Why does the RFA fire levy rate keep going down?

With the passage of Initiative 747 in 2001, state law caps annual increases in total property tax collection to just 1% more dollars than the previous year. As property values continue to rise, the fire levy rate must fall so our revenues increase no more than the 1% limit each year.

The value of new construction does not fall under the same 1% limit for the first year it appears on the tax rolls. New construction value is added to the upcoming year’s levy and calculated at the rate of the year it was completed.

For example, with this same scenario, if construction with an assessed value of $100 million was completed in Year A, it would be taxed at the Year A $1.50 rate. This additional $150,000 would raise Year B tax collections to $4.695 million. Year C’s tax collections would then be limited to 1% of $4.695 million.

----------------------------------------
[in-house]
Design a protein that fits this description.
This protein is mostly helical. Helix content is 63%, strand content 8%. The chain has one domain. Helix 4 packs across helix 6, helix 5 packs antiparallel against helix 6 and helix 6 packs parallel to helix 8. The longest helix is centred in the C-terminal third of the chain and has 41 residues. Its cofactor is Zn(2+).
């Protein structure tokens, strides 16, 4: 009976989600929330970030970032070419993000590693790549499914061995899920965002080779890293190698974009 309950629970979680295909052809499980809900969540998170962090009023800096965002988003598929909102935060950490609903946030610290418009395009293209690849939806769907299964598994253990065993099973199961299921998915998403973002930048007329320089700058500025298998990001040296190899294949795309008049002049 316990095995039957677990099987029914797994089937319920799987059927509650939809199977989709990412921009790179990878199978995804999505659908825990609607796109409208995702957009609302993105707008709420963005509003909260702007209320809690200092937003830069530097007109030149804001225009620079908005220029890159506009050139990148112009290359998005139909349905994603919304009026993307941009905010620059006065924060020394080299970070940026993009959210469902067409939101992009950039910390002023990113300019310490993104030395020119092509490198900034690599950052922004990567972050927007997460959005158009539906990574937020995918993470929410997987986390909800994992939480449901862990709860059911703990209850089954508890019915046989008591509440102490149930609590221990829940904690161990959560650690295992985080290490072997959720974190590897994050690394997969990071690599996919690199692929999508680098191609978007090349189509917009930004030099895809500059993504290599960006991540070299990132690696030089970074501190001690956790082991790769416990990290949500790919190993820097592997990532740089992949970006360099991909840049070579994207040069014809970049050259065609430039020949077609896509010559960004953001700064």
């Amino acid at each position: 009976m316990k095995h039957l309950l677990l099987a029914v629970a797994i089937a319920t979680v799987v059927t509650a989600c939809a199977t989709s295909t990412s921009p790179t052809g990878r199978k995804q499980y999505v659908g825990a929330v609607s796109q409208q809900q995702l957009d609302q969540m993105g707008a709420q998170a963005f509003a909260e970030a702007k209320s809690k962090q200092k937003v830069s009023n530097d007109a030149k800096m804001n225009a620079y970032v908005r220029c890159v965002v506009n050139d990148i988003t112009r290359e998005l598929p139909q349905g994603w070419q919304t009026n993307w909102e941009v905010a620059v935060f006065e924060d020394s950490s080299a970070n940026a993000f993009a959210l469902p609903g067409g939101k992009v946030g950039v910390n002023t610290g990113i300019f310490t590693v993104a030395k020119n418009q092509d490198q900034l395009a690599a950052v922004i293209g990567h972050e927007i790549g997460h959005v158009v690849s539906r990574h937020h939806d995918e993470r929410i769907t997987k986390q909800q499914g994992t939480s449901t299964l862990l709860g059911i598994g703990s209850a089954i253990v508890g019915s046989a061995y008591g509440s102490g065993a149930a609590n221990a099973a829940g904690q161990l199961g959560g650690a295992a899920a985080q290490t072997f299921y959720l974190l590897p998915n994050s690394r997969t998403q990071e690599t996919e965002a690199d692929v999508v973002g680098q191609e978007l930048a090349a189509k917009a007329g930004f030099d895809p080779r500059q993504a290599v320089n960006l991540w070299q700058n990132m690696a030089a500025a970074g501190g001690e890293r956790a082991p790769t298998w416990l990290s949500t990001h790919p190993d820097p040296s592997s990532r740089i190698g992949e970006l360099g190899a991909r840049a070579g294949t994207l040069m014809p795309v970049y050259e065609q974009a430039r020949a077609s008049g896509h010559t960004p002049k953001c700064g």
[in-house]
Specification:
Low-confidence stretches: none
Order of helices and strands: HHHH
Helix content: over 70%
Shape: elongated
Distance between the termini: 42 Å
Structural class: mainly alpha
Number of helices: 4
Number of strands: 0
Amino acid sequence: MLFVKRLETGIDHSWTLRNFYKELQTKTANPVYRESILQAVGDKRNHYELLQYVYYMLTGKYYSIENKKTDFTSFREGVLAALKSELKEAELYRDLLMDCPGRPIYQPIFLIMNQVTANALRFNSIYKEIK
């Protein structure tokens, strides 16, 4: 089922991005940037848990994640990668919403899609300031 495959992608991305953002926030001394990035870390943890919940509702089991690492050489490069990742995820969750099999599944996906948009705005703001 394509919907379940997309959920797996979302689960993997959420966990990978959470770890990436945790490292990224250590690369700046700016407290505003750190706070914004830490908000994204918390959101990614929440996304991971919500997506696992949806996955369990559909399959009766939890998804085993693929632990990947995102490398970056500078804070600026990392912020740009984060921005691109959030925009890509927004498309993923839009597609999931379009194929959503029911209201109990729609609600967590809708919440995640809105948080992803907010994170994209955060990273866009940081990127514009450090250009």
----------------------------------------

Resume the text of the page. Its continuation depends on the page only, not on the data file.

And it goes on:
These numbers are used as a hypothetical example but are similar to collection rates in 2022 and 2023.

In 2020, the RFA levy rate was $1.50. To comply with the 1% law in the face of increasing property values, our levy rate dropped to $1.33 in 2022, and again to $1.07 in 2023. It is now at $1.04 in 2024.

In years 2021-2024, the average annual consumer price index increased to 5.95% (Apr 12-mo, CPI-U, Seattle area). Annual revenue increases capped at 1% lose more buying power with each passing year. Revenue simply cannot keep pace with inflation and RFA’s costs to support our growing community.